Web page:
Recently during the drive home after a Sunday morning service I listened to my husband and son discuss the welcome portion of our worship time. The conversation started with my husband describing a handshake he experienced while welcoming a visitor. The man was of similar build to my husband, but when he gripped my husband’s hand he did so with more than a little force. I found it particularly interesting to hear that after he recovered from a moment of surprise, my husband briefly matched the hard squeeze before he relaxed his hand and focused on just welcoming the other man. My husband and son continued comparing handshake stories the rest of the drive home, with my son describing shaking hands with one of our church members as “like grabbing a two-by-four.”
I found the stories amusing but a couple of questions danced around at the back of my mind. What did this masculine battle of strength say about our relationships to fellow believers? Why is it necessary to try to position ourselves with some sort of importance over another believer, whether through handshakes or stories that begin with “Well that’s nothing! Let me tell you about (me, my, mine)…”
Jesus’ disciples even wanted to “rack and stack” according to spirituality when they asked Him in Matthew 18:1, “Who then is the greatest in the kingdom of heaven?” Jesus responded by calling a little child to Him and setting Him in the middle of them. Jesus said, “Whoever humbles himself as a little child is the greatest in the kingdom of heaven.”
I believe the child Jesus brought into their midst was a very young child, perhaps three or four years old. A child that young is so trusting and giving. A child that young, if protected from harsh examples, will relate to other children in joyful submission. At this point of development, the child will have started getting past self-absorption and begin to enjoy interacting with others. He won’t mind sharing with others and will even give another first place in games just because he enjoys being with his playmate.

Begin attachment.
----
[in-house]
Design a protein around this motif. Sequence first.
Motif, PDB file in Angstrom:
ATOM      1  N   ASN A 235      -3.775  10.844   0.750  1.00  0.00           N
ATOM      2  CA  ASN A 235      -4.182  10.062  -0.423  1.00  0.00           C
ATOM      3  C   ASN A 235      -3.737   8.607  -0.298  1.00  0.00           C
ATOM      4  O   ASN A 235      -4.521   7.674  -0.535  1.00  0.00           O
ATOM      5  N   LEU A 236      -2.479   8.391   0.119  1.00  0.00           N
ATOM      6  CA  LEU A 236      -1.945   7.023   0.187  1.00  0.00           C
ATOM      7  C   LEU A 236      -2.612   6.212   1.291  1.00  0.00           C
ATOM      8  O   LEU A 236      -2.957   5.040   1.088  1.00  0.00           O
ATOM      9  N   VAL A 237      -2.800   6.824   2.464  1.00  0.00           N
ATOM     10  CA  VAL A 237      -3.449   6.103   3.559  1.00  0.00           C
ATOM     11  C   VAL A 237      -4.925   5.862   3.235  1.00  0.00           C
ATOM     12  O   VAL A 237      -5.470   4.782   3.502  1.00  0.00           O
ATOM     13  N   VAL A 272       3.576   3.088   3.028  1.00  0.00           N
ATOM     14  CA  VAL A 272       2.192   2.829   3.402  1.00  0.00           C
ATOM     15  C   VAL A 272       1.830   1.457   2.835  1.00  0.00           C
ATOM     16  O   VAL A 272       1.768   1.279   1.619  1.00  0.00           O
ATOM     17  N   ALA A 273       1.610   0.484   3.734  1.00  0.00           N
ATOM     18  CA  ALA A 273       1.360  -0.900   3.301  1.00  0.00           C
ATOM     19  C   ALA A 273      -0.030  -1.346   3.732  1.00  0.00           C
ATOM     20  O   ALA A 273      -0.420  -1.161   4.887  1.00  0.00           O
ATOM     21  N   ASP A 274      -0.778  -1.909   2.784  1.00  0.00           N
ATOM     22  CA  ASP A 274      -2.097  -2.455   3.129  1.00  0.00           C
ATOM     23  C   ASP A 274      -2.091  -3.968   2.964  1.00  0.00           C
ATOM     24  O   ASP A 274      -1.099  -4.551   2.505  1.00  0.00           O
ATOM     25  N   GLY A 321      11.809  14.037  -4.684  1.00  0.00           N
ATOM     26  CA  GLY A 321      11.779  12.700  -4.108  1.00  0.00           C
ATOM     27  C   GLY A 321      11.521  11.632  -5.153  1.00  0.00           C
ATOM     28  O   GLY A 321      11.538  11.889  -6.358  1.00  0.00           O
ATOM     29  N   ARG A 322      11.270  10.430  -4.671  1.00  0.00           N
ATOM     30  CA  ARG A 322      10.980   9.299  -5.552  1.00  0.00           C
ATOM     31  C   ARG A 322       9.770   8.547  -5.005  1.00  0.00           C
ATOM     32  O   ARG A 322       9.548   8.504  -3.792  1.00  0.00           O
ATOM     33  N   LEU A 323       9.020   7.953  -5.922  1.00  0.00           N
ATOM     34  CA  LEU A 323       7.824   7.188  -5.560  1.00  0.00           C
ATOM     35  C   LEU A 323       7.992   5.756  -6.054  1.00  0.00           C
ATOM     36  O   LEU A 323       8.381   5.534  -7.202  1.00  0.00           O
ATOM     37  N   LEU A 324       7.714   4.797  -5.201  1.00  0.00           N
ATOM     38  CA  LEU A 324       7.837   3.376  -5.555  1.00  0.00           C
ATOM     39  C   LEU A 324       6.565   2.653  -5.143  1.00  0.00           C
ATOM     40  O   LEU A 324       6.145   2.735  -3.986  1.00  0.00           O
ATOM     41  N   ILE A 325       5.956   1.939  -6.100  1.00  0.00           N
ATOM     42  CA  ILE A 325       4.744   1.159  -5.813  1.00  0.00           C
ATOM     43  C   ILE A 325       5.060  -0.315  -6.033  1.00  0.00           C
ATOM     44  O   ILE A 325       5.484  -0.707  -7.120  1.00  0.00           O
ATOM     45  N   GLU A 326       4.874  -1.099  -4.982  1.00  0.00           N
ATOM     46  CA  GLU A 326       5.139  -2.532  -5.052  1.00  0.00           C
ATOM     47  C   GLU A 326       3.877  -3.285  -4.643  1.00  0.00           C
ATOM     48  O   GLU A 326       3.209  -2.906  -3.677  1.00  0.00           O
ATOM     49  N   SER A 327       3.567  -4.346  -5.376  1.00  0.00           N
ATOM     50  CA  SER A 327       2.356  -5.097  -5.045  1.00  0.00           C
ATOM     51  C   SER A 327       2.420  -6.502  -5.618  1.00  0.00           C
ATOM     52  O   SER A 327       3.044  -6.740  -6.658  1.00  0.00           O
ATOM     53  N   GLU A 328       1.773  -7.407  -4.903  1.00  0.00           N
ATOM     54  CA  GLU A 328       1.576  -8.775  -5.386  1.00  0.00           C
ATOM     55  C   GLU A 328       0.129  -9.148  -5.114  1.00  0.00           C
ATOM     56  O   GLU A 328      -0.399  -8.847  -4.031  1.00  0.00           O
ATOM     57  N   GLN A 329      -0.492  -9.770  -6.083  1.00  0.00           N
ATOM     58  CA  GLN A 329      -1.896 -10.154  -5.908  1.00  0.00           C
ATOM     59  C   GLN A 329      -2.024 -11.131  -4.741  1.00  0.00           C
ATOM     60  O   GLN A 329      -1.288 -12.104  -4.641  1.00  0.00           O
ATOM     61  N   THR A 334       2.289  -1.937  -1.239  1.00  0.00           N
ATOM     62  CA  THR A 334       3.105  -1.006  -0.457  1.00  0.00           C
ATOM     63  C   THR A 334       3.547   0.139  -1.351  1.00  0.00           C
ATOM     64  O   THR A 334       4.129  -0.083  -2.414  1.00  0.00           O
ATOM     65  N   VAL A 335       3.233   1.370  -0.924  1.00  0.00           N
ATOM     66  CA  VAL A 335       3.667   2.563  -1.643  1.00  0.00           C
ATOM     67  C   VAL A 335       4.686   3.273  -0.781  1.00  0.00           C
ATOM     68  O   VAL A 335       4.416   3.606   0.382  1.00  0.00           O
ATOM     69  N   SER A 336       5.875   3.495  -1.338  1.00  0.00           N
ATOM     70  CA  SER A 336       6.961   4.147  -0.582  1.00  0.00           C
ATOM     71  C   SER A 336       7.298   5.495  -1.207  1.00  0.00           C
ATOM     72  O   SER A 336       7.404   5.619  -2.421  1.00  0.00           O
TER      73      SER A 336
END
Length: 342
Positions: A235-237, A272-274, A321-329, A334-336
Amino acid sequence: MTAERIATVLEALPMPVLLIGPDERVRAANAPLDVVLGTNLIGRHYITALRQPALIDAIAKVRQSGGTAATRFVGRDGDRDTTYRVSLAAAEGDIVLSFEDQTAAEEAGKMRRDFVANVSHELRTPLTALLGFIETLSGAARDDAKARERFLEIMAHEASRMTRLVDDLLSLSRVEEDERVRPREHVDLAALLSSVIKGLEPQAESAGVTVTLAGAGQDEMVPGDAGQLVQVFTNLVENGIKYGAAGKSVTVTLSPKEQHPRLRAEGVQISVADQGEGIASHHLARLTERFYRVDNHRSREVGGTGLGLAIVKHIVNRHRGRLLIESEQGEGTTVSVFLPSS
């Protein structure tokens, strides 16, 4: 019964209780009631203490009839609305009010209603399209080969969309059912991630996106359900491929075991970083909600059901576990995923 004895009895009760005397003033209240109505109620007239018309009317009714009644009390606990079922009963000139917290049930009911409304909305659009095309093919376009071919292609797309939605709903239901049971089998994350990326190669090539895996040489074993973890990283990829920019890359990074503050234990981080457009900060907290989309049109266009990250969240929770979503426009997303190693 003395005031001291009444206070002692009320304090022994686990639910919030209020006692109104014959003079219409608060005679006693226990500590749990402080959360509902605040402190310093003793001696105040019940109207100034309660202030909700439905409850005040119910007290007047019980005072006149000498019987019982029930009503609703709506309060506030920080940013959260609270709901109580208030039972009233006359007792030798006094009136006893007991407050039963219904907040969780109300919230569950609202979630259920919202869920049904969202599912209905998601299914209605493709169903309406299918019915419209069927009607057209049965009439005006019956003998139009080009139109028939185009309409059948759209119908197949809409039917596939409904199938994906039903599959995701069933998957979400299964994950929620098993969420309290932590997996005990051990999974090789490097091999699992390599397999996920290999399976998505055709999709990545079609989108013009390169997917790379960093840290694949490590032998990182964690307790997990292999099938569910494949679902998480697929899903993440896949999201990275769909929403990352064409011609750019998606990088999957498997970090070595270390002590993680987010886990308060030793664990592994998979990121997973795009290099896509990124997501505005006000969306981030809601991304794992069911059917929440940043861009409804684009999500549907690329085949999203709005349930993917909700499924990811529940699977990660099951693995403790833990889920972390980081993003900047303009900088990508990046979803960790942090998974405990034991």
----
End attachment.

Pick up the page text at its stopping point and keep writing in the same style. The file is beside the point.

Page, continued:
As children get older they are exposed to an attitude they learn from adults and older children: the “Me first!” attitude. A favorite game in our neighborhood when I was five or six was centered around a large dirt pile at the edge of the woods. We kids would scramble up the sides racing to get to the top. Beware whoever made it first—the others would push, shove, and trip him in an attempt to claim the title, “King of the Hill.”
This brings me back to the question, “What should our attitude be toward fellow believers? I can only answer it using Jesus as our example.
“Let this mind be in you which was also in Christ Jesus, who being in the form of God, did not consider it robbery to be equal with God, but made Himself of no reputation, taking the form of a bondservant, and coming in the likeness of men. And being found in appearance as a man, He humbled Himself and became obedient to the point of death, even the death of the cross. Philippians 2:5-8 (emphasis mine)
The result of submitting ourselves in love to others comes with a wonderful promise and blessing. It assures us that there is no need to try to prove our own importance because James tells us to “Humble yourselves in the sight of the Lord and He will lift you up.” 4:10 (emphasis mine)
“This is My commandment, that you love one another as I have loved you.” John 15:12. How did Jesus love us? Sacrificially, putting our need for restoration to the Father above His own life. We are to love others the same way, especially fellow believers because, “By this all will know that you are My disciples, if you have love for one another.” John 13:35. So how is this attitude accomplished, considering our tendency to puff ourselves up?
“Total surrender requires both a knowledge and understanding of what the Bible teaches and a commitment to obey its directives.” –The Woman’s Study Bible, Thomas Nelson Publishers. The key here is obedience…obedience in getting to know God’s Word intimately and deliberately, and obedience to do His Will as He outlines it in His Word and through our effective prayers seeking Him.
First printed June 2007 in The Freedom Reader, a publication of Spring Valley Freedom Bapist Church, Huntington, WV.